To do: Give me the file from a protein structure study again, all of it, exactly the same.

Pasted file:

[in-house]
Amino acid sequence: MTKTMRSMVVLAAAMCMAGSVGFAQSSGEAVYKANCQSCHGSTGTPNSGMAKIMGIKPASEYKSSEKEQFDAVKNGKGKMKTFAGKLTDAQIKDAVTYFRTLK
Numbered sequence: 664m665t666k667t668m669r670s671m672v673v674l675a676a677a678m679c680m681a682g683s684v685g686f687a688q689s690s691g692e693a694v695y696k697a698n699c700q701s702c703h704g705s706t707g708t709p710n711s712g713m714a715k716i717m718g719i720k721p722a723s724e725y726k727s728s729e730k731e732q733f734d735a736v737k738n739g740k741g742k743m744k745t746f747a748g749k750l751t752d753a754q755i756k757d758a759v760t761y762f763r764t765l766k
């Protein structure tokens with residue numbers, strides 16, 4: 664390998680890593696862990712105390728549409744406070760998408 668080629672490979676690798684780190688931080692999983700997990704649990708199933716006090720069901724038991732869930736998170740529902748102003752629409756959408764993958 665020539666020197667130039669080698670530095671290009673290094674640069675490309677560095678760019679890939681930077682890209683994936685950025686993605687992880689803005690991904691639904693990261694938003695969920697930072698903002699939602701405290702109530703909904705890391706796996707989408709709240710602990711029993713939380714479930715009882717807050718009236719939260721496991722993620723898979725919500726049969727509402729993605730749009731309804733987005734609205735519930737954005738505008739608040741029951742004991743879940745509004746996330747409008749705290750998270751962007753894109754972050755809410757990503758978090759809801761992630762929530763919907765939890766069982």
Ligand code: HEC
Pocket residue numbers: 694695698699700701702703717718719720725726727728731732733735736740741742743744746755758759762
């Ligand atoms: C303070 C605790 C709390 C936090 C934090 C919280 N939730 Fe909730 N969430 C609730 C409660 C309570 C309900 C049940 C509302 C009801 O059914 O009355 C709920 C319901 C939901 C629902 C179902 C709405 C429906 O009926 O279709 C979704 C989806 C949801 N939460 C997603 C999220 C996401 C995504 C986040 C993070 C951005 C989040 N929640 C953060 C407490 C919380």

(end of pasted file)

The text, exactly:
[in-house]
Amino acid sequence: MTKTMRSMVVLAAAMCMAGSVGFAQSSGEAVYKANCQSCHGSTGTPNSGMAKIMGIKPASEYKSSEKEQFDAVKNGKGKMKTFAGKLTDAQIKDAVTYFRTLK
Numbered sequence: 664m665t666k667t668m669r670s671m672v673v674l675a676a677a678m679c680m681a682g683s684v685g686f687a688q689s690s691g692e693a694v695y696k697a698n699c700q701s702c703h704g705s706t707g708t709p710n711s712g713m714a715k716i717m718g719i720k721p722a723s724e725y726k727s728s729e730k731e732q733f734d735a736v737k738n739g740k741g742k743m744k745t746f747a748g749k750l751t752d753a754q755i756k757d758a759v760t761y762f763r764t765l766k
């Protein structure tokens with residue numbers, strides 16, 4: 664390998680890593696862990712105390728549409744406070760998408 668080629672490979676690798684780190688931080692999983700997990704649990708199933716006090720069901724038991732869930736998170740529902748102003752629409756959408764993958 665020539666020197667130039669080698670530095671290009673290094674640069675490309677560095678760019679890939681930077682890209683994936685950025686993605687992880689803005690991904691639904693990261694938003695969920697930072698903002699939602701405290702109530703909904705890391706796996707989408709709240710602990711029993713939380714479930715009882717807050718009236719939260721496991722993620723898979725919500726049969727509402729993605730749009731309804733987005734609205735519930737954005738505008739608040741029951742004991743879940745509004746996330747409008749705290750998270751962007753894109754972050755809410757990503758978090759809801761992630762929530763919907765939890766069982």
Ligand code: HEC
Pocket residue numbers: 694695698699700701702703717718719720725726727728731732733735736740741742743744746755758759762
């Ligand atoms: C303070 C605790 C709390 C936090 C934090 C919280 N939730 Fe909730 N969430 C609730 C409660 C309570 C309900 C049940 C509302 C009801 O059914 O009355 C709920 C319901 C939901 C629902 C179902 C709405 C429906 O009926 O279709 C979704 C989806 C949801 N939460 C997603 C999220 C996401 C995504 C986040 C993070 C951005 C989040 N929640 C953060 C407490 C919380």